Strategies that address self-created stressors
Stress is a response to danger: No danger ... no stress! The best way to manage stress is to take action to change the situation so that it is no longer a danger. Sometimes stress is created by how you see a situation (imagined danger) rather than the situation itself. Imagined dangers emerge from self-created demands, the inability to recognize resources or by minimizing the resources you have. Consider the stress provoked by these beliefs:
- "I must be perfect in everything I do."
- "I must win the competition."
- "I must look like the people I see in magazines."
- "I must be popular."
- "I must be happy all the time."
- "I must be better than others."
These thoughts and beliefs magnify demands, thereby increasing the chances of seeing a situation as a danger and experiencing stress.
An imagined danger can also result from minimizing the resources you have at your disposal. Examples include:
- "I'm not rich enough."
- "I'm not popular enough."
- "I'm not attractive enough."
- "I don't have the respect of everyone."
- "I don't have enough friends."
- "I don't have enough talent."
In cases where your thinking is the cause of your stress, changing the way you think is the most effective way to manage your stress.
How to modify stress-producing thinking
Changing the way you think is never easy. However, you can use proven techniques to change your stress-producing thoughts into helpful, stress-relieving ones.
Cognitive restructuring is a technique that has been used effectively to treat a variety of problems including depression, anxiety, back pain and more. The goal of cogntive restructuring is to help a person discover and challenge negative irrational thoughts and modify or replace them with thoughts that are more helpful. It is a tool used in cognitive behavioural therapy (CBT).
The technique involves several steps:
- Identify the situation that is causing your stress.
- Identify the thoughts you have about the situation.
- Identify how this way of thinking makes you feel.
- Dispute the thoughts by looking for evidence that supports them as well as evidence that doesn't support them.
- Identify an alternative, more balanced thought.
- Identify how you will feel when you replace your stress-producing thought with the more balanced one.
See a few simple examples of cognitive restructuring.
Cognitive restructuring resources
- Mind Over Mood: Change the way you feel by changing the way you think by Dennis Greenberger and Christine Padesky
- Cognitive Behavioural Therapy For Dummies by Rob Wilson and Rhena Branch
- Change Your Thinking: Overcome stress, anxiety, and depression, and improve your life with CBT by Sarah Edelman
- The CBT Toolbox: A Workbook for Clients and Clinicians by Jeff Riggenbach
- The Cognitive Behavioral Workbook for Anxiety: A Step-By-Step Program by William Knaus and Jon Carlson
- The Anxiety and Worry Workbook: The Cognitive Behavioral Solution by David Clark and Aaron Beck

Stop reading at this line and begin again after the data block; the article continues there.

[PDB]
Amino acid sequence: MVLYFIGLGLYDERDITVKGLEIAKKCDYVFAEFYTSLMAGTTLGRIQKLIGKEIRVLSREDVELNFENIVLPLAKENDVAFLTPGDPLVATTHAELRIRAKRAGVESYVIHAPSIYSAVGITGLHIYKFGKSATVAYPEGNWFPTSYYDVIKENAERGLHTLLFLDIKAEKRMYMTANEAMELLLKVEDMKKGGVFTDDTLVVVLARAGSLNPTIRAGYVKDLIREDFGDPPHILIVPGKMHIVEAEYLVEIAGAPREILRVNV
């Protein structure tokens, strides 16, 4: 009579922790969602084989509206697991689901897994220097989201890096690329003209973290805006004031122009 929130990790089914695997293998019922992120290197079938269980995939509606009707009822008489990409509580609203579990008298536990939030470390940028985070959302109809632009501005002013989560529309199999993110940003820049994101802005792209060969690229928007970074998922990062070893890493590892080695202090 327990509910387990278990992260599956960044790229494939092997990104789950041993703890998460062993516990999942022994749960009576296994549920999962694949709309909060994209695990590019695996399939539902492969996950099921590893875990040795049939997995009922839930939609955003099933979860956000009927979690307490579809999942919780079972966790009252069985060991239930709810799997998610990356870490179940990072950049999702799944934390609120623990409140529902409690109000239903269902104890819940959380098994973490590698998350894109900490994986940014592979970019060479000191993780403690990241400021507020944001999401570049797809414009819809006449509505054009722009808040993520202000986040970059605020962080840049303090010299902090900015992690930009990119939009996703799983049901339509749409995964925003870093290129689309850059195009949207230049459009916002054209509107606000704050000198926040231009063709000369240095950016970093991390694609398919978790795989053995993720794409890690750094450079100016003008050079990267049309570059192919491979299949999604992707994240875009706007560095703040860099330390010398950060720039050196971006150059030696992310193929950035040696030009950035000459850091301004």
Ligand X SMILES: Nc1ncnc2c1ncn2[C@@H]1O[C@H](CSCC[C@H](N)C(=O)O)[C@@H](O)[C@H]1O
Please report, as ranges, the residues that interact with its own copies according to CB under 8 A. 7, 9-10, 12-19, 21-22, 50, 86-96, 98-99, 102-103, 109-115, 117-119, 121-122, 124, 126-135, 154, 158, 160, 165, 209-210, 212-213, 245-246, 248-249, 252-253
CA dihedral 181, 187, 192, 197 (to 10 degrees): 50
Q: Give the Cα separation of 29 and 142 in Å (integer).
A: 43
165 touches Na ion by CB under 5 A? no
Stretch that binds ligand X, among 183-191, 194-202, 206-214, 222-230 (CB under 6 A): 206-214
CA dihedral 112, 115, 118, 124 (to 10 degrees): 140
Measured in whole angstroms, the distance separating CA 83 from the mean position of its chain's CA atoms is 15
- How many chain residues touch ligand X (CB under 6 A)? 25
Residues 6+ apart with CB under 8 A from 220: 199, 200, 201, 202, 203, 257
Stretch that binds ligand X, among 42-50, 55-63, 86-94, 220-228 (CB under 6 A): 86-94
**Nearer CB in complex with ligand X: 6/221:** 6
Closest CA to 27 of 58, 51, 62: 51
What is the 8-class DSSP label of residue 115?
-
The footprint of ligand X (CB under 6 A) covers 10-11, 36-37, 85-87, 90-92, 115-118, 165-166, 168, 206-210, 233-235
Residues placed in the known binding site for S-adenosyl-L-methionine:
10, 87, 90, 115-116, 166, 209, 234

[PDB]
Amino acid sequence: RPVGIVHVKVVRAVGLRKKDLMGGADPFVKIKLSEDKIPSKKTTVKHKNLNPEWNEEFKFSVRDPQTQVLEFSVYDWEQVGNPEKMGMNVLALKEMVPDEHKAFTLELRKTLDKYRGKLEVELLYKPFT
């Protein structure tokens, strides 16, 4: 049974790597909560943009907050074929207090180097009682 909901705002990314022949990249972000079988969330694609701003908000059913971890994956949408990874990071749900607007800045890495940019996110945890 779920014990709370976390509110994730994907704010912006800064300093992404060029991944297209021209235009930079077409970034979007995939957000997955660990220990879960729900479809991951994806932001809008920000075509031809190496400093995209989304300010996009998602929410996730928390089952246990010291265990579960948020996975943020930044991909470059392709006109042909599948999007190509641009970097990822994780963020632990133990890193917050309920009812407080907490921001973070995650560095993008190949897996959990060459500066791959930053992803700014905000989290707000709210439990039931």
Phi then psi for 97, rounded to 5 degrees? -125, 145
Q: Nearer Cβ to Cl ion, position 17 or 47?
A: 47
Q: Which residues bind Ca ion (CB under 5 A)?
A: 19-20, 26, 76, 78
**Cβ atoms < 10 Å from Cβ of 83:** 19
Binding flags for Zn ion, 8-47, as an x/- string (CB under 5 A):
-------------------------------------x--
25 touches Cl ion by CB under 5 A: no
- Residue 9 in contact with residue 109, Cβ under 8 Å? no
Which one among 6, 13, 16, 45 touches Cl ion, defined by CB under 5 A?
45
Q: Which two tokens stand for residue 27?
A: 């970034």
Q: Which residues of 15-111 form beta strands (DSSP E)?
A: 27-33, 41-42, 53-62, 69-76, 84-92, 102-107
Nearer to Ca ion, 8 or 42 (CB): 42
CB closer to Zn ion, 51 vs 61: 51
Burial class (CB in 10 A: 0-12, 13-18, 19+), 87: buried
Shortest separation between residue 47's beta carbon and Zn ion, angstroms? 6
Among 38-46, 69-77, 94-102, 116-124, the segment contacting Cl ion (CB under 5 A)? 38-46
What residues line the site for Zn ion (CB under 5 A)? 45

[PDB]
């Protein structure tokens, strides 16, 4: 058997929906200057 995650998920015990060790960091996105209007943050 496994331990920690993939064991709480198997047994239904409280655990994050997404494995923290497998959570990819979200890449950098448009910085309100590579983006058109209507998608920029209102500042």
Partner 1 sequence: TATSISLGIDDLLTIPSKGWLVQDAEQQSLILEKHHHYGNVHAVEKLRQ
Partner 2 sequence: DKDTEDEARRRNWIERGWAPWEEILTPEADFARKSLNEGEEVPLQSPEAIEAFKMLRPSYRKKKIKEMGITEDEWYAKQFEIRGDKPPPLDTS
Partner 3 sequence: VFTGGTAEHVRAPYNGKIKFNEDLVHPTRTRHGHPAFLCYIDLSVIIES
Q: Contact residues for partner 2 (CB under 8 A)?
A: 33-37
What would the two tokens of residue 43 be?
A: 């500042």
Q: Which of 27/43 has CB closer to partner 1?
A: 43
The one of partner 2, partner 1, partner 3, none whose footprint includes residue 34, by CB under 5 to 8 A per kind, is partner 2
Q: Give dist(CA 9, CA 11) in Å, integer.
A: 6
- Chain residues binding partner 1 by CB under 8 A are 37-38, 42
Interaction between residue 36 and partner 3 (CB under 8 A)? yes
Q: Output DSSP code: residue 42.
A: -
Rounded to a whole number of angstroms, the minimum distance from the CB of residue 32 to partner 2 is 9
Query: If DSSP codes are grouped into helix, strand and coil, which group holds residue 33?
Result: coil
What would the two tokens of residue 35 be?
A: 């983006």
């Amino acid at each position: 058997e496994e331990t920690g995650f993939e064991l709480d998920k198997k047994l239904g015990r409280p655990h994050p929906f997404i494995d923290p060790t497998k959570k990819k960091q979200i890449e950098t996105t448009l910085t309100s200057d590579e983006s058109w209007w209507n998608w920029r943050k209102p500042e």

- Feeling Good: The new mood therapy by David Burns
- TalkPlus provides an eight-page cognitive restructuring workbook [PDF] that contains worksheets.
- An introductory self-help course in cognitive behaviour therapy, especially Step 4 and Step 5.
- Cognitive Behavioral Tools is a video delivered by a psychologist who "reviews several cognitive behavioral tools to deal with stress, anxiety and overwhelming emotions." These tools include objectively observing thoughts, shifting perspective and recognizing that emotions and thoughts are information and not facts.
- Cognitive behavioural therapy: An information guide [PDF]
To change your thinking, you need to challenge it. Socratic questioning is a type of critical thinking where you ask and answer questions to dispel irrational thinking and formulate alternative thoughts. Questions include:
- What experiences do I have that show that this thought is not true 100% of the time?
- If a person close to me knew I was thinking this, what would they say to me? What evidence would that person point out to me to show that my thought is not 100% true?
- What would I say to a friend in the same situation?
- When I am not feeling like this, would I think differently about the situation?
- When I have felt this way in the past, what have I said to myself to feel better?
- Have I been in similar situations in the past? How did I cope then? What did I learn from that situation that I could use now? Is this situation any different than what I experienced in the past?
- Five years from now, how will I look at this situation? Will I focus on different aspects of it?
- Do I have any strengths, skills or other positive aspects that I am ignoring?
- Am I blaming myself for something which I do not have complete control over?
- Am I focusing on the evidence or are my thoughts guided by the way I feel?
- Am I assuming that this is the only way of looking at things?
- Am I making any thinking errors?
- Am I judging myself more harshly that I would judge others?